pfya.ru

People Live sex friends chat veb camera american home

That’s why ITB Berlin has compensated for all of the emissions created by its business travel flights since 2008. With our partner atmosfair you can make your travel to the World’s Leading Travel Trade Show carbon neutral, and your compensation for the CO2 emissions of your flights will go towards UN-certified climate protection projects.
Ik heb contact opgenomen met de Admin ongeveer hetzelfde; Maar hij heeft er geen aandacht voor gezorgd.

Glass dating com

Rated 3.96/5 based on 789 customer reviews
Jerk off chat porno Add to favorites

Online today

For instance, they sometimes occur with or without periods after each letter. If a number of identical molds were produced for making a certain type of bottle, they would often be serially numbered (such as 1 to 12).

These variations in punctuation were common and probably reflected the whim of the mold engraver, thus having little or no importance (i.e. Some numbers served as date codes, or as some other type of internal code used by the factory.

” and “is this bottle worth the hassle of listing on ebay? Generally speaking, I may not be able to answer questions concerning bottles with only mold or catalog numbers embossed on the base.

(Please see my webpage on numbers on the bottom of bottles).

Grab a corkscrew and join Lisa on her not-so-straight-and-narrow road to a fabulous life in wine country where her glass—and her heart—are always full.

Researcher/historian Tod Von Mechow has compiled a large quantity of in-depth information on antique beer bottles, including both pottery and glass bottles.

From the standpoint of most collectors of antique bottles, the name and location of the company the bottle was made for, and the name of the product that was originally contained in the bottle (one or both of which may be embossed on the bottle) is often considered to be of more interest or importance than the glass factory where the bottle was actually manufactured.

That book is the best reference work ever published on glass manufacturers’ marks on bottles, but it does contain many errors which have been discovered over the last several decades since it’s publication. Fletcher, Norman “Ted” Oppelt, Dick Cole, Harvey Teal, Dean Six, Tom Neff, Albert Morin, John P. (Eventually, I may add a page on this site with lists of books by some of the above-named persons which I found to be of most value.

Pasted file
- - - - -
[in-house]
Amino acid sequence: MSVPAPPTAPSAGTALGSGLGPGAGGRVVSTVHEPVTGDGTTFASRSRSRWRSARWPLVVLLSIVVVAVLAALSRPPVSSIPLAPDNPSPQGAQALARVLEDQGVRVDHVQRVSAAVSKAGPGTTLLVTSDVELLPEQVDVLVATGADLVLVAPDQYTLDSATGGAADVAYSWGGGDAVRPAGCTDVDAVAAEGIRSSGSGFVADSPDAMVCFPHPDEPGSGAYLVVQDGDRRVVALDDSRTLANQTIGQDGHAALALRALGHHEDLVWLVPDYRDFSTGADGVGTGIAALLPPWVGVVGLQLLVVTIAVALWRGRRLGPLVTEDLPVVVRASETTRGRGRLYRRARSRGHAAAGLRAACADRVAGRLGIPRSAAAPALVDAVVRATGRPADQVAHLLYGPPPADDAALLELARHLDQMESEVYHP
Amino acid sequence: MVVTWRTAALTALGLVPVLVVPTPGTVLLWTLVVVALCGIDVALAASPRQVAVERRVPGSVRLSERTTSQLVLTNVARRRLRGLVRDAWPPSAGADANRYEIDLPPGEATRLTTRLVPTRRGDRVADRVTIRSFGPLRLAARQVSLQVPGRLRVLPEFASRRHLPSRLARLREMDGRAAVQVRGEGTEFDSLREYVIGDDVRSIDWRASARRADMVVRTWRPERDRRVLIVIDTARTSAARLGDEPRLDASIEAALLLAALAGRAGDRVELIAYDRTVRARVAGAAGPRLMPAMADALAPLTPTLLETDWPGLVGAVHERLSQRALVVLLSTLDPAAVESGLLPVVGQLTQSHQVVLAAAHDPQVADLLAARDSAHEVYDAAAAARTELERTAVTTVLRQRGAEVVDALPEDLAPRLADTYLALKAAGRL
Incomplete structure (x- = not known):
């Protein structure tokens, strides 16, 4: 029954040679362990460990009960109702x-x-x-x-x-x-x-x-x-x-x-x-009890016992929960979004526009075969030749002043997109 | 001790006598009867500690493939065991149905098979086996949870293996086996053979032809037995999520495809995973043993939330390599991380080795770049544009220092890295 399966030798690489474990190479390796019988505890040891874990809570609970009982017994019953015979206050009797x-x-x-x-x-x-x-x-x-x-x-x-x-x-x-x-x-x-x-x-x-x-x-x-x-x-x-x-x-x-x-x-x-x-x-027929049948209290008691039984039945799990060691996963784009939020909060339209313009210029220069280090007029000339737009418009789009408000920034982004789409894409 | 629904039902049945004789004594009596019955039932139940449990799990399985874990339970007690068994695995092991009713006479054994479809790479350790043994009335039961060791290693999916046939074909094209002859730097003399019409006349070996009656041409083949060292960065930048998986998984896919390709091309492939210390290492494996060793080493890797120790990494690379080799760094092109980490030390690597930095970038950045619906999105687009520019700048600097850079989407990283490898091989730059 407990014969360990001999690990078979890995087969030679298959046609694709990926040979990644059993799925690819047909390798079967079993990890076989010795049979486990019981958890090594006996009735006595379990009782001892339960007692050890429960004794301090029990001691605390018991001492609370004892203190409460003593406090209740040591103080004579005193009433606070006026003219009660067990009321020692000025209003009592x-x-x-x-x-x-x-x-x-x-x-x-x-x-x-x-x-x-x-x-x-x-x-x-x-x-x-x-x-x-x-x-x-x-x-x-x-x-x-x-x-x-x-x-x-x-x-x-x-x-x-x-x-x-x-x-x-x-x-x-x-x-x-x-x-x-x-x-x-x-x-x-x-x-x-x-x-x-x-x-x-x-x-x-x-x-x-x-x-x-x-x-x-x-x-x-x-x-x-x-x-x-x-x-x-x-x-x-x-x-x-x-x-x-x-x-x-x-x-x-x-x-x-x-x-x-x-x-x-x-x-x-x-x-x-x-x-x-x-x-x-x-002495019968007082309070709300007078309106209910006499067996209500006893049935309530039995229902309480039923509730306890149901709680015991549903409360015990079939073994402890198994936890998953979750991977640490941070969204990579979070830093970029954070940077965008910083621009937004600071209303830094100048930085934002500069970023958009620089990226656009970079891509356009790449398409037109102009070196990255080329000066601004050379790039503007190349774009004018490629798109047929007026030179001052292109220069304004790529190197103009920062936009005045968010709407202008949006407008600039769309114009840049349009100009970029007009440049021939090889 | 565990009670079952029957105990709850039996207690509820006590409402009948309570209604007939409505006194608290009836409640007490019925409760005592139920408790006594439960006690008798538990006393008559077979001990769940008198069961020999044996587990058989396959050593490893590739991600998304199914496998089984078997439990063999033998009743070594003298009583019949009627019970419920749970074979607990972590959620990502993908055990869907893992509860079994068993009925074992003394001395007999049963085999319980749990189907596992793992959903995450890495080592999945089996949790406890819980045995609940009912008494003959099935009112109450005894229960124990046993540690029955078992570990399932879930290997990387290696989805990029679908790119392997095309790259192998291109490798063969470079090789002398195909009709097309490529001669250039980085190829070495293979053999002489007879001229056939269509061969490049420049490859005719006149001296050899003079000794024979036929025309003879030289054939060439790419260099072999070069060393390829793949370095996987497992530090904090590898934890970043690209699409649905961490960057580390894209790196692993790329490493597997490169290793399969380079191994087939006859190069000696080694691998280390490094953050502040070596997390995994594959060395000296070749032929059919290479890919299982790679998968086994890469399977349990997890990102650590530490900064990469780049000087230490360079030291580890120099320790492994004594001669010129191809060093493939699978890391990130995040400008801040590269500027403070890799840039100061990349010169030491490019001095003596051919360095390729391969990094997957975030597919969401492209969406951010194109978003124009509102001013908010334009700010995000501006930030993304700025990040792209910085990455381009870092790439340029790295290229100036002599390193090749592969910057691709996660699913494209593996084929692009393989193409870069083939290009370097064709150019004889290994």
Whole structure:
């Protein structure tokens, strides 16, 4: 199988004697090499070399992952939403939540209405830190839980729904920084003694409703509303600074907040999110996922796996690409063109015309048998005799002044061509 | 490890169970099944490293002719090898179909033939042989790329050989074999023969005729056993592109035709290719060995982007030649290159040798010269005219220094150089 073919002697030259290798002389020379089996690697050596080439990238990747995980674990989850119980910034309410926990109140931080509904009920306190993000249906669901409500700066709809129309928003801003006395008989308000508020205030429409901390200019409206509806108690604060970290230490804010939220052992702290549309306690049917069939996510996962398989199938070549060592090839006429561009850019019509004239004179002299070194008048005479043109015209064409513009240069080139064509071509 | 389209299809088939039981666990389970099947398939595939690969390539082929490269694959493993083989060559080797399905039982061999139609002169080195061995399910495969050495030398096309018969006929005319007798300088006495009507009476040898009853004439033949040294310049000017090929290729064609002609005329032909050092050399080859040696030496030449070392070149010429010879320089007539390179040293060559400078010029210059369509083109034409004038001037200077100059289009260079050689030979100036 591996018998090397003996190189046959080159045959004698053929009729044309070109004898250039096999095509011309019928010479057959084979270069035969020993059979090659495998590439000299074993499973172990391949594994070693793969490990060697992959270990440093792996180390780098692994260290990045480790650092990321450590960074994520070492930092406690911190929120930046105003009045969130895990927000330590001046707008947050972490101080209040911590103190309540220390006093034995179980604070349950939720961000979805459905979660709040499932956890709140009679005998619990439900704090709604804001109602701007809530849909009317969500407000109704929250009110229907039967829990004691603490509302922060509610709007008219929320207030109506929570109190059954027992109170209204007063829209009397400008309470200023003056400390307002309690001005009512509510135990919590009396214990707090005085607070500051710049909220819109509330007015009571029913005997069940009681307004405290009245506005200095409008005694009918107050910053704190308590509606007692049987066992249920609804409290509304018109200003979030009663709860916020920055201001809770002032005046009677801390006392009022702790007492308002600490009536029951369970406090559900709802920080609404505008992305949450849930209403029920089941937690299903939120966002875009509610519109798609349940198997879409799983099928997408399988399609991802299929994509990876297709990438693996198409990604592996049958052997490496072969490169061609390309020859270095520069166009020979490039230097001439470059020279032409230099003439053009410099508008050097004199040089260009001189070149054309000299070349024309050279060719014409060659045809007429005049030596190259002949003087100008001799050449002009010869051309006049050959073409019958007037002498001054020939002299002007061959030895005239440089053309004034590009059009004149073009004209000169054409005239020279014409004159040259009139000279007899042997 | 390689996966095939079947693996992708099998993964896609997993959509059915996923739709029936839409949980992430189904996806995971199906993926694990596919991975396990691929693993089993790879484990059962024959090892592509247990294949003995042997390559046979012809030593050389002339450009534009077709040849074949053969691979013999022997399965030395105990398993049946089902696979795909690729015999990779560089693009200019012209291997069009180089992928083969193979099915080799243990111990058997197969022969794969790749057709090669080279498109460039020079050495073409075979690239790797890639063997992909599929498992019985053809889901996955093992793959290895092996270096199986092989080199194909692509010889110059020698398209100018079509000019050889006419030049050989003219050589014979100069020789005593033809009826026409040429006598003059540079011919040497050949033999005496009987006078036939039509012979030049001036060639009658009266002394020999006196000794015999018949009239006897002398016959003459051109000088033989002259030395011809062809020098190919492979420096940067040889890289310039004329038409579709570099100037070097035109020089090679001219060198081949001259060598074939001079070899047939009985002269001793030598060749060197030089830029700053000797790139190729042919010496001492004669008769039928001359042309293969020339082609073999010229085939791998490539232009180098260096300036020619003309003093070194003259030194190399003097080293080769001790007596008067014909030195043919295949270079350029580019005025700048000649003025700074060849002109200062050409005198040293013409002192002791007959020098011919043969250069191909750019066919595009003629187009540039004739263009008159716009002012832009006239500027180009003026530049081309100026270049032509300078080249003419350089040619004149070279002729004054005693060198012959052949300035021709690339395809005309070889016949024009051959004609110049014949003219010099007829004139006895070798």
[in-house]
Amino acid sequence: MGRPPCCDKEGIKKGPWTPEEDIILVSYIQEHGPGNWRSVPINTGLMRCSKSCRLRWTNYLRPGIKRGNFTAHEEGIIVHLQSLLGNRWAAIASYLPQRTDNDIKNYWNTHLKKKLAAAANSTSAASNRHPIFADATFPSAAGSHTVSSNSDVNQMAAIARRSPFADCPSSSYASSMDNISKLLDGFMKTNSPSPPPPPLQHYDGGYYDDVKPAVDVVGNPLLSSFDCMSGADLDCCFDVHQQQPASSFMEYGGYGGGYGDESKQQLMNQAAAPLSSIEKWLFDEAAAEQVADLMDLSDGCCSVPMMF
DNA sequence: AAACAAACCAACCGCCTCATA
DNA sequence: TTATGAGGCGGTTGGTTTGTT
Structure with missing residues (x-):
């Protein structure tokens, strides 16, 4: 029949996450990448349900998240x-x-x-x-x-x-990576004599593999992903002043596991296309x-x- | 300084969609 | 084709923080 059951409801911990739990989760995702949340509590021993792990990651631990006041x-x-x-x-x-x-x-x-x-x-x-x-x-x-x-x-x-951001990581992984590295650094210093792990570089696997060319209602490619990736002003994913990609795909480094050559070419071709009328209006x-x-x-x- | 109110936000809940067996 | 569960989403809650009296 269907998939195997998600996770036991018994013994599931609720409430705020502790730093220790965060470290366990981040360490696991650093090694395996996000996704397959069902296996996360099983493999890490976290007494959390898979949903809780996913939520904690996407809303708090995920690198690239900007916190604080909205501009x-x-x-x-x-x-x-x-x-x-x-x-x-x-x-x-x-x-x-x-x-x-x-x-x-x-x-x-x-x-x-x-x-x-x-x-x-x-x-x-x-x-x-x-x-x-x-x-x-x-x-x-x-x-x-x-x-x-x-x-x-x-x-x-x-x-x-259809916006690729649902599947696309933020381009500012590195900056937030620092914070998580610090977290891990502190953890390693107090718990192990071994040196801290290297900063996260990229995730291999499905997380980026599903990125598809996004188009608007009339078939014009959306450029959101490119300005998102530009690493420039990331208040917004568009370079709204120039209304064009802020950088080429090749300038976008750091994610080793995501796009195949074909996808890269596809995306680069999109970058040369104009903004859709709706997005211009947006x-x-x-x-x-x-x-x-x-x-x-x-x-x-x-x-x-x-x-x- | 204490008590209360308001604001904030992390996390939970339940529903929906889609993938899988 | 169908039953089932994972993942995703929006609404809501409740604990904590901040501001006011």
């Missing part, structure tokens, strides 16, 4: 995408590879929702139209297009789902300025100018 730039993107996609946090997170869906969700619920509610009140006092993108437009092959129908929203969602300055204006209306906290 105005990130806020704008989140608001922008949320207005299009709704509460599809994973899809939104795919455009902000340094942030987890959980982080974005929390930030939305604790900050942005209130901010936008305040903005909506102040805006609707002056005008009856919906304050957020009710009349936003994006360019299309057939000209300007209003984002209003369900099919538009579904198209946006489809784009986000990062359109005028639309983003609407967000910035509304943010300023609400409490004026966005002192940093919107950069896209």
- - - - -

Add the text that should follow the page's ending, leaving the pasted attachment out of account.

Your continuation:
Other sources of information I have used (including reference books, magazine articles, websites, and in some cases, email or voice communications) would include: Helen Mc Kearin, Rhea Mansfield Knittle, Stephen Van Rennselaer, Harry Hall White, Alice Creswick, Dick Roller, William S. In the meantime, you might try an internet search for more information on these names……there is a wealth of information out there, with many books in libraries and/or online pertaining to glass history, antique glass collecting, glass container manufacturing, and related fields).

However, this site is geared with more emphasis on the actual themselves.

Hopefully this database will be of some help to those who are attempting to assign an approximate date range to a particular bottle, assuming it carries an identifiable glass manufacturer’s mark. Co.” Also, the abbreviation “Co” (Company) sometimes may be found embossed with either an upper- or lower-case “O” on various bottles made by the same manufacturer.